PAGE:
Whenever it rains in Southern California, local surfers have a serious choice to make. Brave the storm and surf in the thick, brown, hepatitis-filled nugs, or sit your ass on the couch, fire up the PlayStation 2 and go nerd with some surfing games. It’s shocking how disgusting our water gets here in Isla Vista. A few weeks ago during the rain, I decided to chance it and go for a session behind my house, but this mistake was almost my last. As I walked down the beach I saw the confused look on the faces of the bums that seemed unimpressed by the hard rain as they sipped their tall boys of Icehouse and talked about something that I could not discern. Probably politics. One of them forgot the cardinal rule of the wind, which of course is to not piss into it.

I gazed at the scene for a few moments and considered popping open a beer with this rowdy bunch, but realized that I was braving the storm for more than just a beer. This was not going to be fun. This session was strictly business. I hadn’t surfed in way too long, and even though the waves were garbage, I had the itch. It took only a minute from when I paddled out to realize that this session was a mistake. I turned and looked up toward my house and noted that just below it and to the right was a pipe that was shooting run-off water from the street straight into the Pacific. In just a few rainy days the Pacific Ocean had turned from a gorgeous, sparkling blue beauty, to a filthy brown pirate wench that made me gag as I paddled out. You could even see the blue line near the horizon where the run-off hadn’t arrived yet.

As I took off on wave after wave of brown slop, I rapidly began to lose motivation. Just when all hope was lost, a beacon of hope was on the beach waxing his board. It was my downstairs neighbor, and I knew he would keep me entertained for a few more mediocre sets and then I could go in and sprint home to shower off the layer of juicy brown slop. We traded off on a few waves and discussed how we both knew that we would be sick in the next 24 hours. We had no idea how right we were. I woke up the next day steaming with a fever, and my neighbor stumbled up the stairs with his hands on his face, roaring in agony. He informed me that he had been puking all morning, but a bong load made him feel better. Welcome to Isla Vista’s rainy season. I was down for the count, only moving out of bed on occasion to nibble on some applesauce like an infant gobbling the airplane of Gerber Baby food.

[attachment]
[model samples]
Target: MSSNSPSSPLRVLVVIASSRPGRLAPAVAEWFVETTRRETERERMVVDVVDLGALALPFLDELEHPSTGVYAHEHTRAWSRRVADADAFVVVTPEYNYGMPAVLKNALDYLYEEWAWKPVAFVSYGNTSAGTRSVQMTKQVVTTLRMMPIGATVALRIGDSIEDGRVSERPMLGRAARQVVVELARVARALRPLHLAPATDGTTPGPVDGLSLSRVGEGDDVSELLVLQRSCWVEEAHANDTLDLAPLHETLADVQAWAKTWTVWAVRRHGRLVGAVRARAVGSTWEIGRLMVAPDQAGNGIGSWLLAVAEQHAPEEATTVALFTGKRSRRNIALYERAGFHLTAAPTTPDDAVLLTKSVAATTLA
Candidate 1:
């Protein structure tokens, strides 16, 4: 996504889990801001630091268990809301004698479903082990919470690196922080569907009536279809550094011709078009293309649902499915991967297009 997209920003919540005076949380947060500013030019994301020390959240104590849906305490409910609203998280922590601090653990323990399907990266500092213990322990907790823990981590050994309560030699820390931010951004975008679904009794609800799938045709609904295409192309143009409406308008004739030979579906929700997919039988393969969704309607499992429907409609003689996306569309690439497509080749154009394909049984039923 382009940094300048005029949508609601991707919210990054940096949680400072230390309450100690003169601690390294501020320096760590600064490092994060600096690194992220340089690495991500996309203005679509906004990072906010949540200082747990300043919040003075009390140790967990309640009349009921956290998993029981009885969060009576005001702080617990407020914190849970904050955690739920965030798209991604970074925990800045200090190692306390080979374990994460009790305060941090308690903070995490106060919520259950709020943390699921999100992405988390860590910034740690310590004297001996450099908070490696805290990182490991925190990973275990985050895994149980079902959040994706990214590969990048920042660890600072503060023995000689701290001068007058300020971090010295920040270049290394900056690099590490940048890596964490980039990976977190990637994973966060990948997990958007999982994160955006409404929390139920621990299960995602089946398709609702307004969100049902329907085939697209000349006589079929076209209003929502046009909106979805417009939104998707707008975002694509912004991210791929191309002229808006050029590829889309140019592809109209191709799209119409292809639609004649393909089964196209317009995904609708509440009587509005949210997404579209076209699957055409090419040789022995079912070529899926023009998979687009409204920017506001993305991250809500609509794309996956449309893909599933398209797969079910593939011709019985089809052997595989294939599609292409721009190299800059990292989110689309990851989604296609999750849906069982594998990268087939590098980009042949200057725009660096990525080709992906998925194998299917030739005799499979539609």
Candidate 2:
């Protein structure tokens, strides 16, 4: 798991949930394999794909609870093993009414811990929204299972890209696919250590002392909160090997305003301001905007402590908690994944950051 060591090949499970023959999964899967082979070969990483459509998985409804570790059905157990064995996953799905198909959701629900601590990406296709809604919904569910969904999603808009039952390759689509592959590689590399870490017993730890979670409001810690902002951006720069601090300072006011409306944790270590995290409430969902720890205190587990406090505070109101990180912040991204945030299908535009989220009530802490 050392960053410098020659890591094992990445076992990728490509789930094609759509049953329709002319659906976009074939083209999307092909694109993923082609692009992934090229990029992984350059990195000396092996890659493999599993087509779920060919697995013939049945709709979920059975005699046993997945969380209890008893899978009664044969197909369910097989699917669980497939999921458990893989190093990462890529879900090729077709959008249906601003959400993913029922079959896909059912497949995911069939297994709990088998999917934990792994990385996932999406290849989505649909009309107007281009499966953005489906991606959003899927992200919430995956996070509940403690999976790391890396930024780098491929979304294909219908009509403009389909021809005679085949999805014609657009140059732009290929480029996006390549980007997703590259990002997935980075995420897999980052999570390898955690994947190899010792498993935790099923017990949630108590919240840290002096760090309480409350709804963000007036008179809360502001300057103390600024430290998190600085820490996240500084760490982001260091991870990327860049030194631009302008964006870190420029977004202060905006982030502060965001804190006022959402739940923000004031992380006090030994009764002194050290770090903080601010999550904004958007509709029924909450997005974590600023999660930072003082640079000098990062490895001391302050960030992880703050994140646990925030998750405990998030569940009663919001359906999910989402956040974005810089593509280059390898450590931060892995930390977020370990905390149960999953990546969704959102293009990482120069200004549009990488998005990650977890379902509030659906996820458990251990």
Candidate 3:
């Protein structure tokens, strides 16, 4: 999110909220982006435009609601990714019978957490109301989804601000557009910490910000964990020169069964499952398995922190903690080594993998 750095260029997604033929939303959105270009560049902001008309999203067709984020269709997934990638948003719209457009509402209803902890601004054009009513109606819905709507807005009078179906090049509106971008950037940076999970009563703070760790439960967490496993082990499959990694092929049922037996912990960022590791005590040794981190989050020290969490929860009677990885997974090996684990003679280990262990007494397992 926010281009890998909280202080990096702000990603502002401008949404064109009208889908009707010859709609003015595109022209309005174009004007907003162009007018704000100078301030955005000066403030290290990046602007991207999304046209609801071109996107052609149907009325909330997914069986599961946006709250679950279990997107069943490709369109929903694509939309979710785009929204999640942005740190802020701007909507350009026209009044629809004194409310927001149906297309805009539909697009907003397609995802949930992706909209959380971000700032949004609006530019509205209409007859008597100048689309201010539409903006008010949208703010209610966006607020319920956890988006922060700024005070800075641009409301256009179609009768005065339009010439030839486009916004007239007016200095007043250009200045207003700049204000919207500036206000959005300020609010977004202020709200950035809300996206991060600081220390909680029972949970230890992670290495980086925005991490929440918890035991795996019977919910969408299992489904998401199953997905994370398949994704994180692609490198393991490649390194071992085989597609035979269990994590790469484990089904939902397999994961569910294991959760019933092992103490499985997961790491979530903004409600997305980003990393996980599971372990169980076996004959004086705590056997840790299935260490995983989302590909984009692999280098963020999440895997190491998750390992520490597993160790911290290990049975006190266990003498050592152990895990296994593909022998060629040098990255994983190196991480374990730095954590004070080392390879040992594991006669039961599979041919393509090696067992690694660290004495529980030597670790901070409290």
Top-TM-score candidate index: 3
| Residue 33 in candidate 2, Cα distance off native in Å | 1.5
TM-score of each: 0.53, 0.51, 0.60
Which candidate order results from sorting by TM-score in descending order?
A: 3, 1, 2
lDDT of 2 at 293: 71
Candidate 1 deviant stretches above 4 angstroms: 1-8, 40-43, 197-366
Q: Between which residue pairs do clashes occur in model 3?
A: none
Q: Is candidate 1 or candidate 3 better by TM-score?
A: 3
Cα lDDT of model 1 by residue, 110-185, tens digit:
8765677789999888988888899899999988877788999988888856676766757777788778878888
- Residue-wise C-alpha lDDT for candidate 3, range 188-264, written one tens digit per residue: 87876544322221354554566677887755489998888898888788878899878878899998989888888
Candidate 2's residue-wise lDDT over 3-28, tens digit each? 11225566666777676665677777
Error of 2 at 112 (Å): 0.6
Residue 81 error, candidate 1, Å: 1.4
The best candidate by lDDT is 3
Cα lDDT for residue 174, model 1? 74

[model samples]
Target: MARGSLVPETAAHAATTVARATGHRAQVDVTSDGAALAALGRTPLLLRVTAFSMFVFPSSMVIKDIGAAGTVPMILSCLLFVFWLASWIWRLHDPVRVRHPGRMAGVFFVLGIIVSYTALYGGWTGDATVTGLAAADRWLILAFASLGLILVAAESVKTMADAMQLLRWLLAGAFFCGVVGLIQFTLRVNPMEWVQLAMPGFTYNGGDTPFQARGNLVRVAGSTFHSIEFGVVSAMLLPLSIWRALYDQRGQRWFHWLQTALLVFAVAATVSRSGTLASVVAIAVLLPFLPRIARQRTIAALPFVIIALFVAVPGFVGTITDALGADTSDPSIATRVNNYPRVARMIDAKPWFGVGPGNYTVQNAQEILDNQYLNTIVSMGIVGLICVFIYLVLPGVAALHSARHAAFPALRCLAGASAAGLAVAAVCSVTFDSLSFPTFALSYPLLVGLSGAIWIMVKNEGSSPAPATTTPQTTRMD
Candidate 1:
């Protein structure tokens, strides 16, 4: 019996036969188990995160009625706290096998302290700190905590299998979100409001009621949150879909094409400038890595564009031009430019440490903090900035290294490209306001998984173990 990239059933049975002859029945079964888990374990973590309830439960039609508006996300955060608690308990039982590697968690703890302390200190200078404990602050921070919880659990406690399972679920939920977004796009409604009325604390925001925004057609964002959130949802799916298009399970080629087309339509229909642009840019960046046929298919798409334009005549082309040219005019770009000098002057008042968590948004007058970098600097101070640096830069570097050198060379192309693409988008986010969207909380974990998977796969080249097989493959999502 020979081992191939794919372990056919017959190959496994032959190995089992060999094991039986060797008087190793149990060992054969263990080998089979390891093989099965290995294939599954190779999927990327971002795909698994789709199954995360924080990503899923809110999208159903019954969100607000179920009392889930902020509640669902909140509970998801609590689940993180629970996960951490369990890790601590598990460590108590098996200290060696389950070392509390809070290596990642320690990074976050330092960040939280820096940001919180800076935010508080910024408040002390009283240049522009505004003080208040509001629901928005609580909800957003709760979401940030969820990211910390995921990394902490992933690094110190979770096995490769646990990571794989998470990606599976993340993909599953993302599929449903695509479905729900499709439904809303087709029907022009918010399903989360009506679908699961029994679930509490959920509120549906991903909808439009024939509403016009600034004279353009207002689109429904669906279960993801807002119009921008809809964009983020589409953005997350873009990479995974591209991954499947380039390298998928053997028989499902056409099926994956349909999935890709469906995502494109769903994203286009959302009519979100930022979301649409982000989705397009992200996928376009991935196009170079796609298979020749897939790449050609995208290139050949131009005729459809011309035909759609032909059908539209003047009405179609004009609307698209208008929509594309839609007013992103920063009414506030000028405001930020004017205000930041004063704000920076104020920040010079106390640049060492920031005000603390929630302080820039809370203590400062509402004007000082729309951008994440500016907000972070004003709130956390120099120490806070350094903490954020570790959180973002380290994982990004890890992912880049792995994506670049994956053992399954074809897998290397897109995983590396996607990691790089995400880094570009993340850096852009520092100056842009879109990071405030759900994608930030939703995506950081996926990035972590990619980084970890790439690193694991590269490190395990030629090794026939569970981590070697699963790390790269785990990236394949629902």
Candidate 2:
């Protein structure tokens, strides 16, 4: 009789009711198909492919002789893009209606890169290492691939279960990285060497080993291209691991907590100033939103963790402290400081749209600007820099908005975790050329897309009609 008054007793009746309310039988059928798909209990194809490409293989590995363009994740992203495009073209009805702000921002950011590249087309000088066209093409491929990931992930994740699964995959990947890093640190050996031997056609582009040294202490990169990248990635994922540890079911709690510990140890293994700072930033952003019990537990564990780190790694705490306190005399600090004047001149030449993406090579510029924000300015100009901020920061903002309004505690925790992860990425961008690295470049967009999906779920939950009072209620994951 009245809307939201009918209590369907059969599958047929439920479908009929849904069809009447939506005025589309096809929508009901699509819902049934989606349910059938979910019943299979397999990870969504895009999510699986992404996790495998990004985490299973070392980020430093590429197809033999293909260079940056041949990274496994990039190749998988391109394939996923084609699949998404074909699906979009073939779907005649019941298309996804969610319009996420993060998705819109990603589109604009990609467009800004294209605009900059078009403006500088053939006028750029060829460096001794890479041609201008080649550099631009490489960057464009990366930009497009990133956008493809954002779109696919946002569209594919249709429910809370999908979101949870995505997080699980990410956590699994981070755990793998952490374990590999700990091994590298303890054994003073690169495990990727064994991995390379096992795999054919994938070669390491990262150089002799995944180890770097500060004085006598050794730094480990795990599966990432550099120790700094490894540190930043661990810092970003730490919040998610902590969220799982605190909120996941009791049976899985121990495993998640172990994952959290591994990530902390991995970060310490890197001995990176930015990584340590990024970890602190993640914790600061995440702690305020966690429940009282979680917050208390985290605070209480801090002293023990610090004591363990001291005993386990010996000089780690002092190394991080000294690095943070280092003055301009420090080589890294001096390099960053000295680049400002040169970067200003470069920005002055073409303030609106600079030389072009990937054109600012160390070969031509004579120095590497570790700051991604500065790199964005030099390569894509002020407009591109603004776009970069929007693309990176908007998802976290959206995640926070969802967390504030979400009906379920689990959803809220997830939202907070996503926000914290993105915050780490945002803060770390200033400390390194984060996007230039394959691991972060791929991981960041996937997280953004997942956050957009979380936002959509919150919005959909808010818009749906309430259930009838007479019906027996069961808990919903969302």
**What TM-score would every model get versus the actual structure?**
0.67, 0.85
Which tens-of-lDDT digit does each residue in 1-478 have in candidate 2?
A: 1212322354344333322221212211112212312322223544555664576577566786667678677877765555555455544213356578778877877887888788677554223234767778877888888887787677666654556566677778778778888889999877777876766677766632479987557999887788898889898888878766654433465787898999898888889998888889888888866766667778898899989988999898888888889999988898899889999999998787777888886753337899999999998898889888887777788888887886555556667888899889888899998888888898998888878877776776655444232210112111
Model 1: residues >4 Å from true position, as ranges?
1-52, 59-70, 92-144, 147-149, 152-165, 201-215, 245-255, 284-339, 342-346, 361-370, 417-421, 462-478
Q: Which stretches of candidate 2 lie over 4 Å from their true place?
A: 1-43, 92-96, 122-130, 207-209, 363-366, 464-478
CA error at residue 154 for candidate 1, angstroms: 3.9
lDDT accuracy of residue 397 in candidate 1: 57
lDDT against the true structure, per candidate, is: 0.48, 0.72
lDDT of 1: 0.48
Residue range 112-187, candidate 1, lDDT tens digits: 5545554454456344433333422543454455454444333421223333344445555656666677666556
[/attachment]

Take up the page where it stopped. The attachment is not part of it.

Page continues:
This was a painful lesson in picking my battles with the Pacific, but it also raises some important questions. What do we allow to flow out into our oceans? What effect does our pollution of the streets have on our recreation in the water? I’m a pretty lazy individual, but these questions can rouse even the laziest surfer to do something different. Whether it’s attending a beach clean up, or just asking drunk people not to throw shit off my balcony. Our oceans are too important for us to let them become a cesspool of such filth that you can’t even surf for an hour without lying on your deathbed for a week. Let’s be cleaner, let’s be greener, and in all seriousness, let’s think of the dolphins. They are some of the only animals besides humans that have sex for fun, and we just choke them with our six pack rings or we grind them up in our canned tuna, which may make it more delicious, but it’s just not cool.

Okay, so probably many Isla Vista residents don’t give a shit about the dolphins, but think of my neighbor and I instead. Do you want us to choke on those six pack rings? Do you want us to catch ebola every time it rains? Keep I.V. beaches clean, and I’m sure next time you’re at Sea World the dolphins will be more than happy to do a backflip or something to show their appreciation. Or if you see me, I’ll give you a cold beer. Trust me, it’s worth it.